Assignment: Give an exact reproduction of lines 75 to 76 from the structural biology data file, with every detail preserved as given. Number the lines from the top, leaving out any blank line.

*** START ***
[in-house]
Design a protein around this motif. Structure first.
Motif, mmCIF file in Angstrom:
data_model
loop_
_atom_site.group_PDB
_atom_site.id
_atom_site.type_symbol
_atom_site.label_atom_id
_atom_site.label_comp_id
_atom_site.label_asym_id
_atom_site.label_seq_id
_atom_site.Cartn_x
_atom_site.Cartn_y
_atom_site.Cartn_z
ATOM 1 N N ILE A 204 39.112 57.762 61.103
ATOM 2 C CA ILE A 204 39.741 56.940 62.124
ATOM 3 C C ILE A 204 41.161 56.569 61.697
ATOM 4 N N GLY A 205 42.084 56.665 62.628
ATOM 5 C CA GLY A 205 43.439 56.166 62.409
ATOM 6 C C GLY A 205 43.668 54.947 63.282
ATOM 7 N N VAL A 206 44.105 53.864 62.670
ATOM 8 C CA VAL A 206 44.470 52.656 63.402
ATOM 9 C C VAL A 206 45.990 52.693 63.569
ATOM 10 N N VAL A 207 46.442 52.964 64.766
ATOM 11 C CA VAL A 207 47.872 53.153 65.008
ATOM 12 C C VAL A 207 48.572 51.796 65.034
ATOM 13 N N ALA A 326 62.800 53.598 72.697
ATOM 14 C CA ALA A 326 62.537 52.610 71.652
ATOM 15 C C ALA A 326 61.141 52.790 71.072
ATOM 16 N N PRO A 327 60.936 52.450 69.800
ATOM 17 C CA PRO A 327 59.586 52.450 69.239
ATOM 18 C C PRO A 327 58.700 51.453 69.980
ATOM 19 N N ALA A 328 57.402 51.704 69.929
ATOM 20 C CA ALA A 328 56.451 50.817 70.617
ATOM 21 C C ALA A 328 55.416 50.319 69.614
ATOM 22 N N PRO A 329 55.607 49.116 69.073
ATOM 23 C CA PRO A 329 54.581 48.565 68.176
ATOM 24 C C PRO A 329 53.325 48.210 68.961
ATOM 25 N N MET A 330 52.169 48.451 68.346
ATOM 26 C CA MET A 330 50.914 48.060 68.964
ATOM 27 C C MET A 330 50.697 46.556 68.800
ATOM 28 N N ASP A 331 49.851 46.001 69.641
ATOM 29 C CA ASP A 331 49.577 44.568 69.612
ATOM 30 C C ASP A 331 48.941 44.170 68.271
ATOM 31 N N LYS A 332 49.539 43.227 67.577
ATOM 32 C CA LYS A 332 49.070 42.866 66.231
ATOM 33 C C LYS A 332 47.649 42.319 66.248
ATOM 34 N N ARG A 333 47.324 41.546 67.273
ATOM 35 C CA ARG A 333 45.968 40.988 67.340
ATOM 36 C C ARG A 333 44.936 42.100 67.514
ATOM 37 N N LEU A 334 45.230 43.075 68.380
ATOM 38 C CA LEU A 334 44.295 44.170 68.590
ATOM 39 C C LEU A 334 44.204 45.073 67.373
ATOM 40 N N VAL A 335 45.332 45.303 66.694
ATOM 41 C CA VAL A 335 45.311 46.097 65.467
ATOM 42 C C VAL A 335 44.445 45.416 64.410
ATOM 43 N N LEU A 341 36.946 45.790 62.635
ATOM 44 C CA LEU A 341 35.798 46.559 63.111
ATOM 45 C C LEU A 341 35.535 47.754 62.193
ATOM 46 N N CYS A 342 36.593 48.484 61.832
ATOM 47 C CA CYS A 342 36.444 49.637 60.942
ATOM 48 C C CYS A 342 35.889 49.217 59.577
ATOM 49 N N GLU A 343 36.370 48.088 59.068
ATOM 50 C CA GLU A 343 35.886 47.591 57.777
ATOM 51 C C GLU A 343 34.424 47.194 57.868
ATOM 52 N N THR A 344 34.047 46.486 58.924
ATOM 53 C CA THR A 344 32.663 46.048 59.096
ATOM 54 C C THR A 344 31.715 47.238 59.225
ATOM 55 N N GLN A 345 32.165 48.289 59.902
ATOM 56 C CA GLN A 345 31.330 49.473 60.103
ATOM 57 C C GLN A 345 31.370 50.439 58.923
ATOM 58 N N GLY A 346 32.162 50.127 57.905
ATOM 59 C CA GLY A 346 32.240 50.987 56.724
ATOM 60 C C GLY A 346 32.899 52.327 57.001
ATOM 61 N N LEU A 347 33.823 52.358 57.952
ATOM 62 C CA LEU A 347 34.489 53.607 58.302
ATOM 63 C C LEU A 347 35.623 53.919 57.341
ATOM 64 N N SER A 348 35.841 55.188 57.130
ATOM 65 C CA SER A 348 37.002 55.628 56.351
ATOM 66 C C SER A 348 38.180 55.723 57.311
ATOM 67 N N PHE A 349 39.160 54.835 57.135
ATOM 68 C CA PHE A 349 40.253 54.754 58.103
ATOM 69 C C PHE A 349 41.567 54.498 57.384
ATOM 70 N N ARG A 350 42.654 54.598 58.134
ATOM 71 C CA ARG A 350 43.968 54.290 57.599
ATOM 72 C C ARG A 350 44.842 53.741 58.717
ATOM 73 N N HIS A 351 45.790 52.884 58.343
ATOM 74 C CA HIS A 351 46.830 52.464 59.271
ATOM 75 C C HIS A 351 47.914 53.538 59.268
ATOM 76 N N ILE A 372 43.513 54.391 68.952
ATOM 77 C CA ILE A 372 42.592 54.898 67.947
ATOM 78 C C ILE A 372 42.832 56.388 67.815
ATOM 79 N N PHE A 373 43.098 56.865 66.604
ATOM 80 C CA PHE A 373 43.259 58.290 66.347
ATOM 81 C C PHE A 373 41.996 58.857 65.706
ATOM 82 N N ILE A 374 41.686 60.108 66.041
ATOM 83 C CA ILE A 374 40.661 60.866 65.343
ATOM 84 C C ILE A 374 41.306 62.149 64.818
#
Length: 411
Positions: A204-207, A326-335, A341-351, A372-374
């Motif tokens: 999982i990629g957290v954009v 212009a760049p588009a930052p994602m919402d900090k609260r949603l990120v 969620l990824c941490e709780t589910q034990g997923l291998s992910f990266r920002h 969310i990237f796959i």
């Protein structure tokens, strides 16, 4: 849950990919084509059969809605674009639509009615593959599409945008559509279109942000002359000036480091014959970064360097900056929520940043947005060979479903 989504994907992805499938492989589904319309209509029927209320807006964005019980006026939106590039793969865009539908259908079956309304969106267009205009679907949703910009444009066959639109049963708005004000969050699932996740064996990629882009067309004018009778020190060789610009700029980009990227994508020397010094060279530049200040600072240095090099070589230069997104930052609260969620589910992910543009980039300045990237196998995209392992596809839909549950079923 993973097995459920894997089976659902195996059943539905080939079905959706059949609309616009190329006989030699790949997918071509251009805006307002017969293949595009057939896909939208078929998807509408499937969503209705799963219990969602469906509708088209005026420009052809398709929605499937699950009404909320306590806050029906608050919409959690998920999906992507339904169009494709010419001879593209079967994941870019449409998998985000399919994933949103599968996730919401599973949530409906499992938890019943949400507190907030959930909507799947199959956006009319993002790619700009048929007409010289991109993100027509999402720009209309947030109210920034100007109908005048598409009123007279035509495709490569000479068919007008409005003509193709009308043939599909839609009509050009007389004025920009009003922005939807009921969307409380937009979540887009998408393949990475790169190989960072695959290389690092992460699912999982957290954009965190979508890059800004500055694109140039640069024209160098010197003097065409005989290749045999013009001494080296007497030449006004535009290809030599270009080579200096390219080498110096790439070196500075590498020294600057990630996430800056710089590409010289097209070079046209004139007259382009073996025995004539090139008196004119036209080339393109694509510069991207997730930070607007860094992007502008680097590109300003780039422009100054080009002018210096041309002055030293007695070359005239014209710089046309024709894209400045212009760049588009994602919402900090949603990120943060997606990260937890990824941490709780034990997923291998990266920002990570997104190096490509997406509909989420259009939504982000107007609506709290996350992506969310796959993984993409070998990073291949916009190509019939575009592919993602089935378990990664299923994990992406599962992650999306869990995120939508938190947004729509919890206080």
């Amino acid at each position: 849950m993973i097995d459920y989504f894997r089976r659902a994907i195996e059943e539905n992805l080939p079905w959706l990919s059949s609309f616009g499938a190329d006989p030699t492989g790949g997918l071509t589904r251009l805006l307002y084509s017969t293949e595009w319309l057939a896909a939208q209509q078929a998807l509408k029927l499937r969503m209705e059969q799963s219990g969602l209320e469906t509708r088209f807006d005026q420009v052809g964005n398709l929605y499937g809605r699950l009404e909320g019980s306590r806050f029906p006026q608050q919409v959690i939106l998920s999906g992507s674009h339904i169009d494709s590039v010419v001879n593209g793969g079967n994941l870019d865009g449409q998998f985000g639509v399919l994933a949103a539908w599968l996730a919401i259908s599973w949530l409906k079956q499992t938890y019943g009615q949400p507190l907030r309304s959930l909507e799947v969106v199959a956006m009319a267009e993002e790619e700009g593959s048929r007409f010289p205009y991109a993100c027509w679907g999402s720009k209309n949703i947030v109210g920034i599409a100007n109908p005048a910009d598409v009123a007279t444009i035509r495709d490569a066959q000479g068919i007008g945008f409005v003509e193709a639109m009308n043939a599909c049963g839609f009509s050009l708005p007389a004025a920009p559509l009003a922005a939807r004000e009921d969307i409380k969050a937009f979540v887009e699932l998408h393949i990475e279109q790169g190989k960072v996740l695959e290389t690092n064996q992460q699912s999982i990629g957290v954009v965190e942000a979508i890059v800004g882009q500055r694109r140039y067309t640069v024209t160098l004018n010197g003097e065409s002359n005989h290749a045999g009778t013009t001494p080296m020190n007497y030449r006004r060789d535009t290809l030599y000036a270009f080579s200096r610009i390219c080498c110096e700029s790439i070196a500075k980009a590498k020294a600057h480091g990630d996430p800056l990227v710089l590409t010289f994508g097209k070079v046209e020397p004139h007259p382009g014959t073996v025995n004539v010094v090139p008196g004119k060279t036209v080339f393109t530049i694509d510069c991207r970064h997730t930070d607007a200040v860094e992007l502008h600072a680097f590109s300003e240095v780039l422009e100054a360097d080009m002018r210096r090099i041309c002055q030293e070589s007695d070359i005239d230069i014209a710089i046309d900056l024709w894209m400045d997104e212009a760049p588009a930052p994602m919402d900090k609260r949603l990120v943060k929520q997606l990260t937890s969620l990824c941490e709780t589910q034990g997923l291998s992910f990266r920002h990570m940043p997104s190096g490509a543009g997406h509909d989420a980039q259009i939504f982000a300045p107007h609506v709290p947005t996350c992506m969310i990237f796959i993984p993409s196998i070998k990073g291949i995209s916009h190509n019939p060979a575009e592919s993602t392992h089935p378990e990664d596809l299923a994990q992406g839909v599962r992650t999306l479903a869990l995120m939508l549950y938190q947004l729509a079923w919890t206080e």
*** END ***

ATOM 60 C C GLY A 346 32.899 52.327 57.001
ATOM 61 N N LEU A 347 33.823 52.358 57.952